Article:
The Humans

The Humans

The Humans

Annie Russell Theater

The Kitchen Sink Drama is a alive and well, and living in New York City. Richard (Fisher Alexander) and Brigid (Kelsey Kline) live together in a rather large apartment in a less fashionable part of the city. There’s little light and a noisy upstairs neighbor, but the place is roomy and close to good Chinese food. Mom (Allie Furlong) and Dad (Stephen Lewis) are down for Thanksgiving, and they brought senile and wheel chair bound Momo (Sydney Pigmon) along for what may well be her last holiday celebration. Their other daughter Aimee (Kristen Edwards) drops by as well, she’s in a break up and has an embarrassing medical condition. In other words, it’s just like everyone Thanksgiving dinner, but with better lighting.

All families are unsettled in some way, and here we see a completely reasonable set of plausible interlocking tensions. Their foibles are important, but not so important that become bogeymen. Dad drinks too much, Mom eats too much, Grandma ages too much and Richard patiently waits for his trust fund to mature so he can do pretty much what he does now, but in better digs. At some point you will think “that’s my family up there !” And isn’t drama just like life, but with better lighting? Later you might consider: “what am I paying to watch my family up there /” Ultimate you do get a few surprises and conclude: ” My problems are just like theirs, but dammit, they are MY problems.”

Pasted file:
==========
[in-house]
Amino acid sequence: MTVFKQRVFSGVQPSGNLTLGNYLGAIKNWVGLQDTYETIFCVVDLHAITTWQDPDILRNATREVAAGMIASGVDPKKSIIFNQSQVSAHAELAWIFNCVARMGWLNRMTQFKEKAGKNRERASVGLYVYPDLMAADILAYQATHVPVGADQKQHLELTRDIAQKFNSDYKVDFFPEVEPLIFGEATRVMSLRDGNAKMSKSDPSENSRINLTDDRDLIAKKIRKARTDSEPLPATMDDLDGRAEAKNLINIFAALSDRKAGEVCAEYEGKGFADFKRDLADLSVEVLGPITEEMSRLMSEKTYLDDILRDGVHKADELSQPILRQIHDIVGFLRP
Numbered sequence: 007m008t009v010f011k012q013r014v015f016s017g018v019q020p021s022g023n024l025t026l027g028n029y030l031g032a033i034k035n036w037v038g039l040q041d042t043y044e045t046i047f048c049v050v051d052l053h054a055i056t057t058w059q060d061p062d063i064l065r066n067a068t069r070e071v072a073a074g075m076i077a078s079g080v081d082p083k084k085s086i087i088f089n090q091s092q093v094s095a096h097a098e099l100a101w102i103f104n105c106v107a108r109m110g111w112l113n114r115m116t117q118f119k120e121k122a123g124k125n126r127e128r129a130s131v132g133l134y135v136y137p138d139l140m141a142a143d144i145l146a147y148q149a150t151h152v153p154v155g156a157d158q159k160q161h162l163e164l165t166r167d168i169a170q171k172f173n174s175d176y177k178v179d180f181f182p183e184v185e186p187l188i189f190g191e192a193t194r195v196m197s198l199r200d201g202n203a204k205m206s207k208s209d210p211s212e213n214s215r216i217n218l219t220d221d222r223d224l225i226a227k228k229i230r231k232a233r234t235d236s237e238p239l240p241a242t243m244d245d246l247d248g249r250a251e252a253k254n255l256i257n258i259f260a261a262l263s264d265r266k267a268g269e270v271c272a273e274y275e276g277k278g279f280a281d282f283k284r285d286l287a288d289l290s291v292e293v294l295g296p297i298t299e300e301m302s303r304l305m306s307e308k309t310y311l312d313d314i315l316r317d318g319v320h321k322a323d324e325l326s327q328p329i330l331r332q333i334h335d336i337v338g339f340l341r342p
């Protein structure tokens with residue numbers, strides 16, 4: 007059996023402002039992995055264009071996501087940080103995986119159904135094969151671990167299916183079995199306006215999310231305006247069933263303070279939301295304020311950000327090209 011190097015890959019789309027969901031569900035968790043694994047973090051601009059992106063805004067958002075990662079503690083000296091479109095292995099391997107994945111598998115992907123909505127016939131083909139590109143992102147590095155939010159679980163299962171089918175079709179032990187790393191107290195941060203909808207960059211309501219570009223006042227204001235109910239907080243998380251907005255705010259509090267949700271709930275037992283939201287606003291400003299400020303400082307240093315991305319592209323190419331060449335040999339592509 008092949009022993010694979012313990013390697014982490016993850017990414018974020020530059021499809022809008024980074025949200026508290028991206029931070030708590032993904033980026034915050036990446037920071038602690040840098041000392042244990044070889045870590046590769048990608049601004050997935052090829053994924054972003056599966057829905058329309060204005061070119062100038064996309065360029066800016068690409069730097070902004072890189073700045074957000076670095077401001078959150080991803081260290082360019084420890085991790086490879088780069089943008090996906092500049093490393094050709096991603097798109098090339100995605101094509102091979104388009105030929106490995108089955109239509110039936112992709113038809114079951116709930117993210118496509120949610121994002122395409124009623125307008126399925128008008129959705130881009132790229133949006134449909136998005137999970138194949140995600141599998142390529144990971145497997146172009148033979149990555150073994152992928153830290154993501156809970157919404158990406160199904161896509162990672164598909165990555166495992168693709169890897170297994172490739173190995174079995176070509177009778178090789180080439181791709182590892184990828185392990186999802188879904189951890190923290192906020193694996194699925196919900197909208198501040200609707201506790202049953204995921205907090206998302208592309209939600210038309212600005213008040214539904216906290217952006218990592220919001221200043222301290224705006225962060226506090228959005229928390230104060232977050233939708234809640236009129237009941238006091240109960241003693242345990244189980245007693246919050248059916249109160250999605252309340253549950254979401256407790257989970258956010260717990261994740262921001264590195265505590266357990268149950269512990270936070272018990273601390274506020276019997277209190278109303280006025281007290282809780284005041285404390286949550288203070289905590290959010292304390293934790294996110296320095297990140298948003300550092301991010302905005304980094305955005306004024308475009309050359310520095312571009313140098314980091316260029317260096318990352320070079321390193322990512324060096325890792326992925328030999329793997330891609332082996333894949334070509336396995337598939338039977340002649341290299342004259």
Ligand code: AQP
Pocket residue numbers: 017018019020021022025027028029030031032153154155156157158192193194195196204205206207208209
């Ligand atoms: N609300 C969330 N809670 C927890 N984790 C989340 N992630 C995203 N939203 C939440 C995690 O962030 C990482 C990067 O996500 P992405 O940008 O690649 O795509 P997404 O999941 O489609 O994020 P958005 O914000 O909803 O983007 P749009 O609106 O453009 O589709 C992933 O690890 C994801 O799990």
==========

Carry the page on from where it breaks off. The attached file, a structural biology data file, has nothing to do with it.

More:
A subtle subtext underlines this stock holiday. The parental units weep for their daughter’s loss of Catholicism, while the children weep that neither Catholicism nor their own ill-formed ideas will save them or the world. Dad’s strong tough guy attitude wears the best, even though he never feels s genuinely drunk. Mom is only stage fat, but Richard passivity and ability to agree with anything wears after a while. Our set tonight soared high up in the Annie Russell fly loft, and as the casts acts ten feet off the stage floor, there no guard rail as this production pushes the limits of stage safety. This is subtle production; one can get very far into it with a palpable sense of “Why are all these ordinary proles being ordinary? I paid for un-ordinary.” But the payoff does come and gives reflection on each of our own unsettled and untested lives. But remember – these are professional actors, but off stage they are every bit and messed up as you or me.

www.rollins.edu › annie-russell-theatre

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